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Richard Eskow

Democrats Can Win on Social Security – by Fighting to Increase It

A new poll confirms that voters don’t just want their Social Security benefits protected, they want them expanded – in overwhelming numbers, across geographical distances, and crossing all party lines. It’s not just “liberals” who feel that way. Three out of four Republican voters support it. What’s more, voters say they’re far more likely to vote for candidates who vote to increase Social Security benefits. This is a winning issue for Democrats who are willing to take a firm stand as defenders – and expanders – of Social Security.

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Dean Baker

The Inflation Fighters Want to Increase the Debt Burden on Our Children

Are you worried about the government running deficits in the hundreds of billions of dollars and a debt in the TRILLIONS? If so, then you should be really angry at people calling for the Federal Reserve Board to raise interest rates. If the rate hikers get their way, they will add trillions of dollars to the debt burden borne by our children and grandchildren. Okay, I’ll stop with the deficit hawk garbage, but there is a simple point here. If the Fed slows the economy and keeps people from getting jobs, we will face larger budget deficits. This is about as straightforward as it gets. When the unemployment rate falls, more people have jobs and are paying taxes to the government. Also when people are working, they are less likely to be getting benefits like unemployment insurance and food stamps. Therefore as we get to lower levels of unemployment, the deficit gets smaller.

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Dave Johnson

Why Is SEC Sitting On Corporate Transparency Rules?

Are We the People the boss of the corporations, or are the corporations the boss of We the People? The Securities and Exchange Commission (SEC) needs to be reminded which way that question is supposed to be answered. The SEC is the agency set up by We the People to “protect investors, maintain fair, orderly, and efficient markets, and facilitate capital formation.” The SEC states that “all investors, whether large institutions or private individuals, should have access to certain basic facts about an investment prior to buying it, and so long as they hold it. … Only through the steady flow of timely, comprehensive, and accurate information can people make sound investment decisions.” One would think those basic corporate facts and timely, comprehensive, and accurate information needed by investors would include access to a company’s tax returns.

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Robert Borosage

The Importance of Zephyr Teachout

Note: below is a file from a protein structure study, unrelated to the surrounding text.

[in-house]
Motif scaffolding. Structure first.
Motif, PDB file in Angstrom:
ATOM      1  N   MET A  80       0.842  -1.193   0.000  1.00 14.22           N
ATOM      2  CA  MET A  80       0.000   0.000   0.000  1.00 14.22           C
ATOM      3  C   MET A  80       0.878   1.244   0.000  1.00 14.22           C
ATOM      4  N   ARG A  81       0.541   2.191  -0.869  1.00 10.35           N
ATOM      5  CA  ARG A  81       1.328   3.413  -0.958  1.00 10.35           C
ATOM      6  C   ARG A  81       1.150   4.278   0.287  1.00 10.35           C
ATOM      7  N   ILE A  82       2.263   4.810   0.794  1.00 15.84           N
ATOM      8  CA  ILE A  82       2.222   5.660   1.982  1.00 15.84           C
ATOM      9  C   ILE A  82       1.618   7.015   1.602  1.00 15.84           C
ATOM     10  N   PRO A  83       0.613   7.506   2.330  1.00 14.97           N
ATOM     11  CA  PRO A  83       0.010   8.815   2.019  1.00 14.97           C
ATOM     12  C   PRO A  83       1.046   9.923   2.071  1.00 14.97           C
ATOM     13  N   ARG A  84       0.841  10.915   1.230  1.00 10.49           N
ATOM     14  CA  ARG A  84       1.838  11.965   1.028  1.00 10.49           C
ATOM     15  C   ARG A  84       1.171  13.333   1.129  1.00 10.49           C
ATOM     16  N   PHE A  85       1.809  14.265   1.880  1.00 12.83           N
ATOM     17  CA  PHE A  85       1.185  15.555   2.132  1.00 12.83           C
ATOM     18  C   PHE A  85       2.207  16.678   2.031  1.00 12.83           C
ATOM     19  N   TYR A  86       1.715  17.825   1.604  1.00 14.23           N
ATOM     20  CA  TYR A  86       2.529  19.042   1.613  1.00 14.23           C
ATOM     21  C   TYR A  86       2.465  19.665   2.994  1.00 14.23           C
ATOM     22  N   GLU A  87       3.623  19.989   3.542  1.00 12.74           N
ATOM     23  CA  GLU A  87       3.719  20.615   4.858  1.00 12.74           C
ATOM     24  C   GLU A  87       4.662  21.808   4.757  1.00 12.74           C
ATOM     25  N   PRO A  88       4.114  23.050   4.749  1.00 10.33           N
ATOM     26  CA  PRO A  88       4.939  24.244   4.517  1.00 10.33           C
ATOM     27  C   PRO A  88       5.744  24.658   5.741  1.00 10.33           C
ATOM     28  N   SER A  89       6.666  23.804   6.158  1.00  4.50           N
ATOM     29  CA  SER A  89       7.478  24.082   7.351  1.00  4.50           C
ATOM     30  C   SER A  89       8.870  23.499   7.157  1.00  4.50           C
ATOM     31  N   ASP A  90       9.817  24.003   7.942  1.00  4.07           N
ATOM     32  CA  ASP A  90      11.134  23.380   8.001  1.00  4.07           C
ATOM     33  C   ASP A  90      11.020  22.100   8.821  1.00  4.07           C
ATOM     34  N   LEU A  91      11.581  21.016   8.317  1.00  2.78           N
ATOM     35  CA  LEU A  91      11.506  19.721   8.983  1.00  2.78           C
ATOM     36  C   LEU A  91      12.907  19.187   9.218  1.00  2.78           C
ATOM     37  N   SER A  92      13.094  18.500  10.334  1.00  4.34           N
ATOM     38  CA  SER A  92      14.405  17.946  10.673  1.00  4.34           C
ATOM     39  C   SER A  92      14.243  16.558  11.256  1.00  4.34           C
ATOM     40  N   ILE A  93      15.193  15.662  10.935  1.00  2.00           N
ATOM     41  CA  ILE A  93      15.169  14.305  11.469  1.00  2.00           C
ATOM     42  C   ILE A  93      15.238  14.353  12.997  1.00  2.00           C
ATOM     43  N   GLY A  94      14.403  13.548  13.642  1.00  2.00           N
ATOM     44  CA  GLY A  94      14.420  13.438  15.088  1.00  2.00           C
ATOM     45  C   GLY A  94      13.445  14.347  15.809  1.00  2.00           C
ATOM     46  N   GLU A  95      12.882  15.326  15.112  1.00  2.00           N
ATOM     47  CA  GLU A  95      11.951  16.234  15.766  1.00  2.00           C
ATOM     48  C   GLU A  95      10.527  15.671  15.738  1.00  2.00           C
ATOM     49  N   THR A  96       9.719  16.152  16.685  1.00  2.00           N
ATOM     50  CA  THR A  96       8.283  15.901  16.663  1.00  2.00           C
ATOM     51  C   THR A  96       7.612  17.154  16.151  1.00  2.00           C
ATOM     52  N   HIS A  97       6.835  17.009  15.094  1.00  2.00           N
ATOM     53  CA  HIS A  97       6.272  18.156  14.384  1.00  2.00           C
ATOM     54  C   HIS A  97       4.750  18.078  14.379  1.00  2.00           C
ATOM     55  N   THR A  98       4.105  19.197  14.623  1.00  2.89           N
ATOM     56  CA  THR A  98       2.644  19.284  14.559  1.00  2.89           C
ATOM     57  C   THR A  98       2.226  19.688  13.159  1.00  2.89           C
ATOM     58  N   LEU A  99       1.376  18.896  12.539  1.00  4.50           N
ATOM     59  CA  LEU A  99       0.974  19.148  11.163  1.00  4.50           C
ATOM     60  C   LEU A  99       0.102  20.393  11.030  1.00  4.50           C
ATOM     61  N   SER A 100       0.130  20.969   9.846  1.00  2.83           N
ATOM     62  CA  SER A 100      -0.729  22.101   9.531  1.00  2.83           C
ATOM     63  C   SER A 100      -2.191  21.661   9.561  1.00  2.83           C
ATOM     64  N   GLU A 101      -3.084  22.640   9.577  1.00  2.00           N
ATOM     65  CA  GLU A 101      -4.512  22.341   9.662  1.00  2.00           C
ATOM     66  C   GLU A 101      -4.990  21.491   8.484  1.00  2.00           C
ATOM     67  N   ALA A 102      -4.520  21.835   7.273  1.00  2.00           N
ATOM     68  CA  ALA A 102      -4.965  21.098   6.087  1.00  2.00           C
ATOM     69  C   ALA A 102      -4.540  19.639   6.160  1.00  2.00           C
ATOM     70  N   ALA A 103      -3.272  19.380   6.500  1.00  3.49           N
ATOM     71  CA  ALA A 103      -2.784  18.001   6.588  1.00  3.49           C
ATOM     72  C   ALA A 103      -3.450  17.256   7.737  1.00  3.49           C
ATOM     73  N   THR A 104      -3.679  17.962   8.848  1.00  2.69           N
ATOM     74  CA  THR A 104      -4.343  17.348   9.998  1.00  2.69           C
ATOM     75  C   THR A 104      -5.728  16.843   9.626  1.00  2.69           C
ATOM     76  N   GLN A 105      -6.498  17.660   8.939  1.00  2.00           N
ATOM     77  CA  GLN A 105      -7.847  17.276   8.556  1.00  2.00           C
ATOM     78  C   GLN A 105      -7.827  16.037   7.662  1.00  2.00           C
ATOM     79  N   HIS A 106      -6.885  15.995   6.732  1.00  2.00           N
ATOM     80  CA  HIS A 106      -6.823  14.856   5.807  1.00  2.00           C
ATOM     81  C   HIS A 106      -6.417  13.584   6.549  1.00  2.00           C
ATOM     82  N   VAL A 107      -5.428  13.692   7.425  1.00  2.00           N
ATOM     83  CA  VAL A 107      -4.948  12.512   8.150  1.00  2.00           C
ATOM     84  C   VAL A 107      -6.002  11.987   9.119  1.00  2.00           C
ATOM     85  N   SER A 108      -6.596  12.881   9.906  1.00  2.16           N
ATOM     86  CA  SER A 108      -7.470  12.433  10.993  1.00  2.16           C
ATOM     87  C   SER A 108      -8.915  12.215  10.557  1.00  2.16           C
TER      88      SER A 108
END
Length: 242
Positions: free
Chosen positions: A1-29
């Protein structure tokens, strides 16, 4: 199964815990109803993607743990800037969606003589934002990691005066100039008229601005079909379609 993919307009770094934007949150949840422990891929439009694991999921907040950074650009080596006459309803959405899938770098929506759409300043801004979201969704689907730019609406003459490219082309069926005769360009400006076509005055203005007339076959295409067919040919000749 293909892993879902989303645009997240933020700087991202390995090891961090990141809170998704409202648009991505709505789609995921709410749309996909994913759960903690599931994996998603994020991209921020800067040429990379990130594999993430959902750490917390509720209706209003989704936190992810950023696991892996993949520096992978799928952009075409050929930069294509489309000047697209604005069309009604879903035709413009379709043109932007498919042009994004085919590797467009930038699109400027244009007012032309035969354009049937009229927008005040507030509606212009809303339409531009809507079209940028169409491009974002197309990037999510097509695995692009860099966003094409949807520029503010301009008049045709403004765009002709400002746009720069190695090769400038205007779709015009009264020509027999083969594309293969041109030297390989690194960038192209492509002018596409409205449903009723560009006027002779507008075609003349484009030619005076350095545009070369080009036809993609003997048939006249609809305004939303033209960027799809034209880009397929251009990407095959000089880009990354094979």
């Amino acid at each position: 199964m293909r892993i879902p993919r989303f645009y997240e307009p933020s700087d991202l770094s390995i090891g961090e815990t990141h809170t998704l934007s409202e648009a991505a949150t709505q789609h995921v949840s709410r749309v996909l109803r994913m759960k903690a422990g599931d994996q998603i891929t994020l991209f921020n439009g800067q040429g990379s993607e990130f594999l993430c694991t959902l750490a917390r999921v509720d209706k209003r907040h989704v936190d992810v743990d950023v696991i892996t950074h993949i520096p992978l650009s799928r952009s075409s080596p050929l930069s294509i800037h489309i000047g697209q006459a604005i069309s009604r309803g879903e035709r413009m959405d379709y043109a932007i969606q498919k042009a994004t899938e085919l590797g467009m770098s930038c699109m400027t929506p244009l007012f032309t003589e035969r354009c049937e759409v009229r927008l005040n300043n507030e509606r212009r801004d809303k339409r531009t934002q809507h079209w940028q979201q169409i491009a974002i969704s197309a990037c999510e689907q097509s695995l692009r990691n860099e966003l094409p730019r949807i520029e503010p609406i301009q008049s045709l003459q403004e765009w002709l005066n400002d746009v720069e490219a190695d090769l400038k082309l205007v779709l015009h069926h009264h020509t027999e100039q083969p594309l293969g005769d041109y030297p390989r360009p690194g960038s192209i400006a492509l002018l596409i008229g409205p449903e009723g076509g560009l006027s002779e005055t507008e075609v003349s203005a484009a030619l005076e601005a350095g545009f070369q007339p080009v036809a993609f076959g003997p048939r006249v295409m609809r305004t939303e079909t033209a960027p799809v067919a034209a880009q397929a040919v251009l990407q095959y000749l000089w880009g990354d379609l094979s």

New York gubernatorial candidate Zephyr Teachout speaks at a press conference accompanied by Rob Astorino outside Tweed Courthouse, July 22. Creative Commons Photo by Michael Gareth Johnson/Flickr Zephyr Teachout is slated today to lose the New York Democratic primary for governor to incumbent Gov. Andrew Cuomo. Many voters will be seeing her memorable name for the first time when they cast their vote. She has run a shoestring campaign against a powerful, lavishly funded governor who refused to debate her. But whatever the outcome, her campaign has already had dramatic significance for progressives across the country. Teachout is a law professor at Fordham and a national expert on the deeply corrosive influence of big money in our politics. Her new book, “Corruption in America,” provides a probing analysis of the history and concept of corruption in American politics and law.

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Dave Johnson

Tell The Senate: Support The Amendment To Undo Citizens United

The Senate is scheduled to consider later today the Democracy For All Amendment to undo the damage the Republicans on the Supreme Court did with their Citizens United and other rulings that allow corporations and billionaires to purchase our elections. We the People should have the right to protect our government from being captured by the billionaires and their giant corporations.

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Sam Pizzigati

The Fed Finds an America Deeply Divided

Every three years, America’s Federal Reserve Board surveys just how well the nation’s families are doing economically. The Fed takes this surveying seriously. We’re not talking quickie public opinion polling here, several hundred dinner-time phone calls that last a few minutes each. The over 6,000 interviews the Fed conducts for its Survey of Consumer Finances usually run for an hour and a half, and most get conducted in person. These interviews delve into every aspect of our modern economic existence, from monthly car payments to mutual funds. The latest Federal Reserve Survey of Consumer Finances report, released last Thursday, covers the entire period from 1989 through 2013. The report’s new numbers essentially offer up the most detailed economic portrait yet of American family finances over the last quarter-century.

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Richard Eskow

Democrats in D.C. Must Fight For More Jobs – Or Risk Losing Their Own

Investors got some great news last Friday, even as the report for job seekers was far worse than expected. August job figures came in far below economists’ expectations (which, even if reached, would have been insufficient to bring a swift end to our employment crisis.) “The remarkably weak GDP growth in this recovery is consistent with the extraordinarily weak job growth,” writes economist Dean Baker, who notes that “employment is performing far worse than in prior recoveries.” But the misery that has gripped the nation was not being shared on Wall Street, where the S&P 500 reached a record high for the second week in a row. No wonder 71 percent of millennials believe that our economic system is rigged in favor of the rich. They’re paying attention. Democrats should be telling the nation how they would create more and better jobs.